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City of Chicago News
Objector: 'Collusive' Chicago red light camera class action deal pays lawyers too much, lets city off cheap
Saying the deal “reeks of a collusive settlement” that will give millions to lawyers and next to nothing for law-abiding residents who dutifully paid their $100 fines, an attorney, who is pressing his own class action case seeking to “dismantle” Chicago’s red light camera program, has filed an objection asking a Cook County judge to undue a settlement Chicago city officials have said they hope will allow City Hall to bring class action litigation over the red light camera program to a relatively inexpensive end.
A federal judge has placed on hold the city of Chicago’s lawsuit accusing the makers of prescription painkillers like Oxycontin and Percocet – so-called “opioids” – of falsely marketing their drugs to doctors. defrauding City Hall and other employee health plan administrators, while giving time for a panel of federal judges to decide if the action should be consolidated with other similar lawsuits, brought by cities and others, now pending in other jurisdictions.
Uber hit with private class action, regulatory lawsuit from Chicago, Cook County over 2016 data breach
In the wake of a major data breach, ridehailing company Uber, already facing a class action complaint from customers who say the company’s workplace culture allowed improper access to rider information, must now also face a lawsuit brought by the city of Chicago and Cook County, leveling much the same allegations and receiving aid from a Chicago trial lawyer renowned for routinely suing tech companies.
Light maker wants to sock it to Chicago City Hall, contractor, alleging rigged $160M lighting project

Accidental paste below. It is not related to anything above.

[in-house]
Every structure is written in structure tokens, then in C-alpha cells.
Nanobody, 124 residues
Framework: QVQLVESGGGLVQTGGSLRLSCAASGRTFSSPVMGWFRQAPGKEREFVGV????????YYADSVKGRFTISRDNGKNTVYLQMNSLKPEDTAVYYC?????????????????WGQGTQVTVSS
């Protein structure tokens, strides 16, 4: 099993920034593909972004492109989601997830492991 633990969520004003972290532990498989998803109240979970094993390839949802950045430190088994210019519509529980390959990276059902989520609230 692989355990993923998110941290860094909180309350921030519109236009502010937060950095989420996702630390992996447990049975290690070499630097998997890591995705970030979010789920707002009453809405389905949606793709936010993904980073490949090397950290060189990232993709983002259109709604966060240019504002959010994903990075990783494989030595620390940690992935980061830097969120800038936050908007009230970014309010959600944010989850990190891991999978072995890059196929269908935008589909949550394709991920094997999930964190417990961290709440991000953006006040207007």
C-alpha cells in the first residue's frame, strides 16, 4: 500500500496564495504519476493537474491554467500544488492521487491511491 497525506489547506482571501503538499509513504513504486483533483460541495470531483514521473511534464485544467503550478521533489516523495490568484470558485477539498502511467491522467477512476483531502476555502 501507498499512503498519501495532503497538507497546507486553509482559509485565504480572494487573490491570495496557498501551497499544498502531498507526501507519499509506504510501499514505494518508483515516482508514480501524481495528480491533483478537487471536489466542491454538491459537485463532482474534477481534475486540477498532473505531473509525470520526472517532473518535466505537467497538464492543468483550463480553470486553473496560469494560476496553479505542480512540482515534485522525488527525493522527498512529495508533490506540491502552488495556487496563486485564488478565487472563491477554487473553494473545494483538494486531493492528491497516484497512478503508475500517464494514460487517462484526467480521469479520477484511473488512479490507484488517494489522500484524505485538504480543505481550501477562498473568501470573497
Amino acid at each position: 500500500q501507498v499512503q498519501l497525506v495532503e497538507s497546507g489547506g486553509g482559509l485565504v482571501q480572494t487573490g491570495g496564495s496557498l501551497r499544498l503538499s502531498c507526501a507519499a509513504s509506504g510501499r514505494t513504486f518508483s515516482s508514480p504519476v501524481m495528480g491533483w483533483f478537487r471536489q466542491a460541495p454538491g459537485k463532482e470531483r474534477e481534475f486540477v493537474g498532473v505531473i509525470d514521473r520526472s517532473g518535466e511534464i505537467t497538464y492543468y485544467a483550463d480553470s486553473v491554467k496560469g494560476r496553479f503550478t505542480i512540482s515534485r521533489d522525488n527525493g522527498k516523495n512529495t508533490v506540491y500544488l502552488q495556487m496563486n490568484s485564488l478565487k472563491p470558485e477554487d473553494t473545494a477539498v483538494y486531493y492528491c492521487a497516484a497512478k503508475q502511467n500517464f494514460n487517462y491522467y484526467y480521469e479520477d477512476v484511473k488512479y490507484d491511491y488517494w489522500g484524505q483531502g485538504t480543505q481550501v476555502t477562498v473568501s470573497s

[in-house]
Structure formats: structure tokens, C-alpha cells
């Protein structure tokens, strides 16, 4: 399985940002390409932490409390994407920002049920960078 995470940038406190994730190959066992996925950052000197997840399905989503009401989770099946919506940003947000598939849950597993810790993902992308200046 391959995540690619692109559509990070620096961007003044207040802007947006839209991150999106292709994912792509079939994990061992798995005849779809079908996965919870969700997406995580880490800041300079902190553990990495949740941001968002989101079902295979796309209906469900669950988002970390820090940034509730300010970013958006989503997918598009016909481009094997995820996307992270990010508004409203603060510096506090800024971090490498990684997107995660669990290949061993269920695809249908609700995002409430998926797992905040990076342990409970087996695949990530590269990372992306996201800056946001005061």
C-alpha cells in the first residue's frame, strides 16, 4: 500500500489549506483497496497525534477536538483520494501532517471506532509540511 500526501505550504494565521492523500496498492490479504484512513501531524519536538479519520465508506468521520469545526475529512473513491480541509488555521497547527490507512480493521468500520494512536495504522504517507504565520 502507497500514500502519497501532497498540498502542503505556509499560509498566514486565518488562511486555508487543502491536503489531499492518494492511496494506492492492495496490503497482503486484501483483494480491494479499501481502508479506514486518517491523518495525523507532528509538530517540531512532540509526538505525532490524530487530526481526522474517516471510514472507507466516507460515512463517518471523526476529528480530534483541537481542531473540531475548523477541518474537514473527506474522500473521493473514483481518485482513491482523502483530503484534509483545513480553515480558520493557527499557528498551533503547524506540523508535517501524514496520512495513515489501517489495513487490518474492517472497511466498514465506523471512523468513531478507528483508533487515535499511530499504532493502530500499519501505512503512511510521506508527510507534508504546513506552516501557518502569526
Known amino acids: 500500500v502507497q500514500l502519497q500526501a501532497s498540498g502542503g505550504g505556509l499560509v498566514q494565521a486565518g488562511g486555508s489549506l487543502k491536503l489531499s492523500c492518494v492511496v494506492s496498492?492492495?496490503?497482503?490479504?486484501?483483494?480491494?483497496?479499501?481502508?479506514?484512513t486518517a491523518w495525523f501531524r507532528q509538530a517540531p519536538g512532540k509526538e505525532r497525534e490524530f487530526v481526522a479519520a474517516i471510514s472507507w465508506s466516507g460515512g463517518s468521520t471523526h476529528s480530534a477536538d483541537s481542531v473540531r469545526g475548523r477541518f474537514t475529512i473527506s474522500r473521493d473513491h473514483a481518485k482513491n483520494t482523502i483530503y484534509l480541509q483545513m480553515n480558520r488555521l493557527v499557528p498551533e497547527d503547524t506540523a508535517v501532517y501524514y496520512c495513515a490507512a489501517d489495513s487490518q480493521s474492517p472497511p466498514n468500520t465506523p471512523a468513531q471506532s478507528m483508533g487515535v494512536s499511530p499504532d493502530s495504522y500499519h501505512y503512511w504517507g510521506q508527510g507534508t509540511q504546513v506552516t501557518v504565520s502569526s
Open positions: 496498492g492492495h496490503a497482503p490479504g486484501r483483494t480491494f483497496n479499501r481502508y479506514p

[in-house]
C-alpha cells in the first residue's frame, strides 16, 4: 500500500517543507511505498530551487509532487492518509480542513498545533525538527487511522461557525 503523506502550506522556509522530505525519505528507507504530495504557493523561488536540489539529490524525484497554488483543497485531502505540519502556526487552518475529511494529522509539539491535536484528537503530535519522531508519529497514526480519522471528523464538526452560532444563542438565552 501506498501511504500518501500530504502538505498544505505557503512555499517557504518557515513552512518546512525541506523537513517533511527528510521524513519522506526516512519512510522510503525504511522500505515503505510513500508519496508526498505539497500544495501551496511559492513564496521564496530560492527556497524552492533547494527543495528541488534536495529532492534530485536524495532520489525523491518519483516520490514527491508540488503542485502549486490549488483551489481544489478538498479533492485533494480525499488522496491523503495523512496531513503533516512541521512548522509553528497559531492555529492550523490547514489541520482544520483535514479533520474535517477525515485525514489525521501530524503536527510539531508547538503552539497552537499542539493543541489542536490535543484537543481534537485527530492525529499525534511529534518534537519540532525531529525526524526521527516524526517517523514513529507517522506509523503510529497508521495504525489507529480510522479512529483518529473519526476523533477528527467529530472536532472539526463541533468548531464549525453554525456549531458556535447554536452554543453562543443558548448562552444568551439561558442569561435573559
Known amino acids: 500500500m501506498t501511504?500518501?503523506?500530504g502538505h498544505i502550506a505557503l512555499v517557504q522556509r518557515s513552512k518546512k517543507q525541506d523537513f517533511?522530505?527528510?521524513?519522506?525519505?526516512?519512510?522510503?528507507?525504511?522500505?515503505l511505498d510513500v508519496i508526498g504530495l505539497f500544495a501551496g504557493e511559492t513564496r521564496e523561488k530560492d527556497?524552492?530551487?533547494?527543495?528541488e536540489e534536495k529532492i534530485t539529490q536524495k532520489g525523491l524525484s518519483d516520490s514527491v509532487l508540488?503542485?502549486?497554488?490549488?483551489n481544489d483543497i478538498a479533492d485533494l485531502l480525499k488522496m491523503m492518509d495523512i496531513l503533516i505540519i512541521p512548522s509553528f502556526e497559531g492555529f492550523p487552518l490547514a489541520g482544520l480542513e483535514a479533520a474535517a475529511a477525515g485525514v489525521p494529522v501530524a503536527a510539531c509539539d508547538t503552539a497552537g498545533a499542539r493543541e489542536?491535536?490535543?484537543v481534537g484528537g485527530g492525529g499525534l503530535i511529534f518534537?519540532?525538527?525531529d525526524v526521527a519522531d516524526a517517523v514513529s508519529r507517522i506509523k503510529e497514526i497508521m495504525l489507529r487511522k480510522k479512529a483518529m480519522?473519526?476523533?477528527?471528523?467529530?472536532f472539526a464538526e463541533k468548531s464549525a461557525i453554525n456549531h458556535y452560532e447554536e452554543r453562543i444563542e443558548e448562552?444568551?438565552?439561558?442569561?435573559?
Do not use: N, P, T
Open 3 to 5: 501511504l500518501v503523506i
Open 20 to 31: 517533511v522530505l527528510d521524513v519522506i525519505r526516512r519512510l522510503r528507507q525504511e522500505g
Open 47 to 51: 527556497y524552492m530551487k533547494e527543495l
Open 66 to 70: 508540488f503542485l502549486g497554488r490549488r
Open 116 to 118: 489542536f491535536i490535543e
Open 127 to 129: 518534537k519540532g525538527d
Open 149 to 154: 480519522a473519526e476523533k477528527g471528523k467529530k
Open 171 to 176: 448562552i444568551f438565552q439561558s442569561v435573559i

A suburban manufacturer of electric lighting units is blowing its fuse, and as an outlet is in federal court, alleging the city of Chicago, a municipal financing group and an energy service provider short-circuited the bidding process for a huge public lighting modernization project, to exclude the manufacturer's lights in favor of General Electric products.
A divided U.S. Seventh Circuit Court of Appeals has upheld a lower court's ruling that the city of Chicago is within its rights to ban women from going topless in public, even if a woman is trying to use the First Amendment to get a gripe off her chest about how the law allegedly treats women unfairly.
While federal law bars the city of Chicago and other local governments from slapping taxes on homes acquired by federal home mortgage lending giants Fannie Mae and Freddie Mac, the law does nothing to stop such cities from merely passing on those tax bills to the people who later buy the property from Fannie or Freddie, a federal appeals panel says.
Subway, O'Hare concessionaire targeted by class actions for improperly collecting Chicago soft drink tax
While class actions continue to stack up against retailers accused of improperly collecting Cook County’s new so-called “pop tax,” one of the law firms bringing those suits has also popped two new class action suits under Chicago’s “soft drink tax,” as well, targeting Subway and a company that operates concessions at O'Hare.
Chicago’s Department of Planning Development and the Chicago Plan Commission will soon be operating under a new guideline that will monitor the participation and hiring of “Minority and Women-Owned Business Enterprises” (W/MBEs) with respect to certain complex or large proposed construction projects in the city.
An estate representative is suing the city of Chicago; Chicago Police Officer Danielle Deering; Pappas Restaurants Inc., Jack Desmond's Irish Pub Inc., and Alsip Restaurant and Lounge Inc., all three of which do business as Bar 122; and VPEN Inc., which does business as 115 Bourbon Street, alleging they should be held responsible for the death of a woman who police say killed herself using an off-duty police officer's service weapon.